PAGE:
Scooter and small engine carburettors come in many shapes and sizes. For the purposes of performing adjustments however, there are three basic types. There are those with a fuel adjustment screw, those with an air adjustment screw and those that have both adjustments. On smaller carburettors, the latter type are rare. Adjustment screws are often difficult to access, and in the United States street legal motorcycle screws are capped or plugged to prevent amateur adjustments that can affect emissions. These caps are uncommon on smaller engines except in California, where emissions laws are stricter. These caps are easily removed for repair.
Find the adjustment screw. Either consult your manual, or look for a small screw in a recessed hole with a flat head top. Occasionally, the screws are located on the bottom of the carburettor. Using the long Phillips screwdriver, loosen the clamps on the intake and air box boots, and then rotate the carburettor so it is easier to see. On street legal scooters, look for a copper coloured cap or plug on either the engine side or the air box side of the carburettor. If necessary, remove the plug.
Identify if the screw is an air or fuel screw. The air screw will be located closest to the air box, away from the engine side of the carburettor. The fuel screw will be located on the engine, or intake side of the carburettor. Turning the screw clockwise reduces the amount of air or fuel that will reach the engine. Turning the screw counterclockwise will result in more fuel of air entering the engine.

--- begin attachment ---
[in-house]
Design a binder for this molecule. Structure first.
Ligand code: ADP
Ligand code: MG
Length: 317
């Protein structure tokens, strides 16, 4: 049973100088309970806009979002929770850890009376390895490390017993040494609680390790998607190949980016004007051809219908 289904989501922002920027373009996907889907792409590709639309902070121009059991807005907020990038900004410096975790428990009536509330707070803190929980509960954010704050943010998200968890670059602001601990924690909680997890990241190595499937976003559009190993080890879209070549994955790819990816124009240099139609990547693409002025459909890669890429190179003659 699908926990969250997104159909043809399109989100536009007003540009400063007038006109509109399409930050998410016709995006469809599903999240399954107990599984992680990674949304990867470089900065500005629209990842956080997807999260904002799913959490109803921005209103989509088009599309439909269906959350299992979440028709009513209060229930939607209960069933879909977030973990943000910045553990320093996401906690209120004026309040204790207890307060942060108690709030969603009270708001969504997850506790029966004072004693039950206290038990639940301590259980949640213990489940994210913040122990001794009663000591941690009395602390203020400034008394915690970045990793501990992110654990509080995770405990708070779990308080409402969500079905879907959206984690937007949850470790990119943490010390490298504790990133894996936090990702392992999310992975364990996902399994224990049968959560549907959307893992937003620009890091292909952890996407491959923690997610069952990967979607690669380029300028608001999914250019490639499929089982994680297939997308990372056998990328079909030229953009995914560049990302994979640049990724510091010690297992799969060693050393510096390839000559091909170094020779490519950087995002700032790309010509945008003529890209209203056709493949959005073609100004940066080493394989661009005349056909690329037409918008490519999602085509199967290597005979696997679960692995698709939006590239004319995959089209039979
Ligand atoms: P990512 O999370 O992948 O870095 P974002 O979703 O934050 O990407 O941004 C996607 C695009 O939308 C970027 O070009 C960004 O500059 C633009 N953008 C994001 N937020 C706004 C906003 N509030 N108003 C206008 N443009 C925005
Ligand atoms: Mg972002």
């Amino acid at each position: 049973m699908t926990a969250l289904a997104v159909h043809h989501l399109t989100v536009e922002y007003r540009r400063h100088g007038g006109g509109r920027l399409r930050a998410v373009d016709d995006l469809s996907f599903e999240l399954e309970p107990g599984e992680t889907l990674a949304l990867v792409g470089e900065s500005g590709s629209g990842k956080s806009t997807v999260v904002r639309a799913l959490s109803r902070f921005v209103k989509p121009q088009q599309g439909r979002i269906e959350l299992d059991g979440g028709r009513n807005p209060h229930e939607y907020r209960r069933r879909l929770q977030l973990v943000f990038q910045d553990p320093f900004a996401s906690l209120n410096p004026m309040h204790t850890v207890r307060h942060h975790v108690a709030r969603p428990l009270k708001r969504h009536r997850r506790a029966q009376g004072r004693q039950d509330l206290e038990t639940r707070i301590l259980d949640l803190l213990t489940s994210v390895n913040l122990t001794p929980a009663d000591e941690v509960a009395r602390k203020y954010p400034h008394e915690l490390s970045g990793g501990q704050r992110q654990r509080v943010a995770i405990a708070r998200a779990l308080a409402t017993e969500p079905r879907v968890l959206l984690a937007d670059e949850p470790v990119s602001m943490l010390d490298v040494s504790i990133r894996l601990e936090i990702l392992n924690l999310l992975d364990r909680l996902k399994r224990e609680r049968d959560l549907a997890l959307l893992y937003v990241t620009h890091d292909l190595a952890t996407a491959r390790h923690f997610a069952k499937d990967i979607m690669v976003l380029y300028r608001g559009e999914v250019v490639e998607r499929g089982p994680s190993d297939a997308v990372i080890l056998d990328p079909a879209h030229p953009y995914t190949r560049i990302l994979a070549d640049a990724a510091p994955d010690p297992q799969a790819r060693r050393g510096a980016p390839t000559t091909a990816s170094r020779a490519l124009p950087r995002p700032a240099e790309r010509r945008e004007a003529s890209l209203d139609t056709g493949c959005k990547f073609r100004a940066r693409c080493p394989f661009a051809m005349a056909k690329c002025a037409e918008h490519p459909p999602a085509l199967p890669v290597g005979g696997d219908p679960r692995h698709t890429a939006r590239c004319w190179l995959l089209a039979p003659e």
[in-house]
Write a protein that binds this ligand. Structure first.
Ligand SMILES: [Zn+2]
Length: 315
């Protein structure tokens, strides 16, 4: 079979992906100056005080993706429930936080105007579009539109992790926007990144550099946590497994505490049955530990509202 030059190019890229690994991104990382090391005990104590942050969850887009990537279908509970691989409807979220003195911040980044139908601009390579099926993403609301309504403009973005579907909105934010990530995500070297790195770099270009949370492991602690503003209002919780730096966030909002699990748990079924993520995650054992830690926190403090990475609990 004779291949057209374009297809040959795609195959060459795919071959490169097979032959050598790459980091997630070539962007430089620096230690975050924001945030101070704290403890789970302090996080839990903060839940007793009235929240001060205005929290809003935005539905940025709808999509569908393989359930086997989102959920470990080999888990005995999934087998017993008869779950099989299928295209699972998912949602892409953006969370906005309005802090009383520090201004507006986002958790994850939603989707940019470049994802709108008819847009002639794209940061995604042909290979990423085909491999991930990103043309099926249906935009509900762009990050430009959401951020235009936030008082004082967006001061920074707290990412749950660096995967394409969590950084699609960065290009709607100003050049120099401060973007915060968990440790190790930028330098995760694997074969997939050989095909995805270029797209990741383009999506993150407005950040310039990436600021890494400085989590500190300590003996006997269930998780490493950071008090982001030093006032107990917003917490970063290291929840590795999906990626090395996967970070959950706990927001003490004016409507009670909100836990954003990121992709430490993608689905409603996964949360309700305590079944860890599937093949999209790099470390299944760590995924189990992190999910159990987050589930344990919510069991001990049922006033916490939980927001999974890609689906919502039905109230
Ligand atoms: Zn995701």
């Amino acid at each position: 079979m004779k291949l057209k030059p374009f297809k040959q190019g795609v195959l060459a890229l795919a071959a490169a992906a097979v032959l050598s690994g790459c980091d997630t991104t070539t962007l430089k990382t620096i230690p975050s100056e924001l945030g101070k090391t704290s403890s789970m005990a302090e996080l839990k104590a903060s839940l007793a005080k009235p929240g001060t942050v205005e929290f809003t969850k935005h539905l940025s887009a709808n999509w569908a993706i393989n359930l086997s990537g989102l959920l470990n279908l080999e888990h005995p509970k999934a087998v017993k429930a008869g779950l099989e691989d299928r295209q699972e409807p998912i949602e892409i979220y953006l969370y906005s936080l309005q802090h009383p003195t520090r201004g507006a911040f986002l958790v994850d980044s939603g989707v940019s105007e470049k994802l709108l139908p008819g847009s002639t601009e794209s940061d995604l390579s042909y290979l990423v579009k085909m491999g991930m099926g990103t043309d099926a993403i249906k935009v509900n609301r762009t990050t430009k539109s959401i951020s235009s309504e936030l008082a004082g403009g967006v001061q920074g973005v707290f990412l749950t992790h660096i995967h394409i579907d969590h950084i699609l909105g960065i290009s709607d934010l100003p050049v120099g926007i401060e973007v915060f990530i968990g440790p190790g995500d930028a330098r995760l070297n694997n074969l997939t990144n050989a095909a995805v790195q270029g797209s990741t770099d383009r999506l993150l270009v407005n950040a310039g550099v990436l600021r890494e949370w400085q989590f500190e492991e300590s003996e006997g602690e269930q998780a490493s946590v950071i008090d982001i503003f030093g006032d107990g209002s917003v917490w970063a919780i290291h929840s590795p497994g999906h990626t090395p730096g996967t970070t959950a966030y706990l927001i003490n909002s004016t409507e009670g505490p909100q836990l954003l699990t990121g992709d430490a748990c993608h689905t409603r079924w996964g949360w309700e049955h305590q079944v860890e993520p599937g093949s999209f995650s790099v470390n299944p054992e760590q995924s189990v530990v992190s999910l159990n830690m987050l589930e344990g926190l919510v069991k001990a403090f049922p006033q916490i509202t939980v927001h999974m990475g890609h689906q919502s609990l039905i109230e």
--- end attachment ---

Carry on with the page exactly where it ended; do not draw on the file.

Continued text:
Tighten the intake and air box boot clamps if you loosened them before. Check the air filter before you begin. Never adjust a carburettor to a dirty air filter. If you have an in line fuel filter, change it before you begin as well. Start the engine, and let it idle for a moment allowing the idle to stabilise. Be sure that the idle is adjusted to the proper range according to manufacturer specifications.
Begin adjustments, making small changes. Never adjust a screw more than half a turn at a time. Use the stubby flat screwdriver to reach screws on the bottom of the carburettor. Carburettor adjustment tools are available. These are right angle screwdrivers that allow for easy adjustments of hidden screws. Blip the throttle between adjustments, and listen to the engine. A low gurgle means the engine is running rich, or has too much fuel. An engine that hangs up, and does not return to idle immediately is too lean. It is better to be a little rich than a little lean. A severely lean engine can seize easily, and running an engine even a little lean long term can result in piston damage.
Test ride the motorcycle after you are satisfied with how it sounds at idle. If you cannot adjust the fuel and air mix to your satisfaction, re-jetting may be needed. After re-jetting, always perform carburettor adjustments again.
The best way to perform carburettor adjustments precisely is with an EGA machine, which measures carbon dioxide emissions and raw fuel emissions. These machines are very expensive, but more and more shops have them. An hour with an EGA machine can give you a perfect carburettor tune for your altitude and climate area. Check with local shops to see if they offer this type of tuning.
Fuel vapours are flammable and may be hazardous to your health. Always work in a well ventilated area away from heat and flame.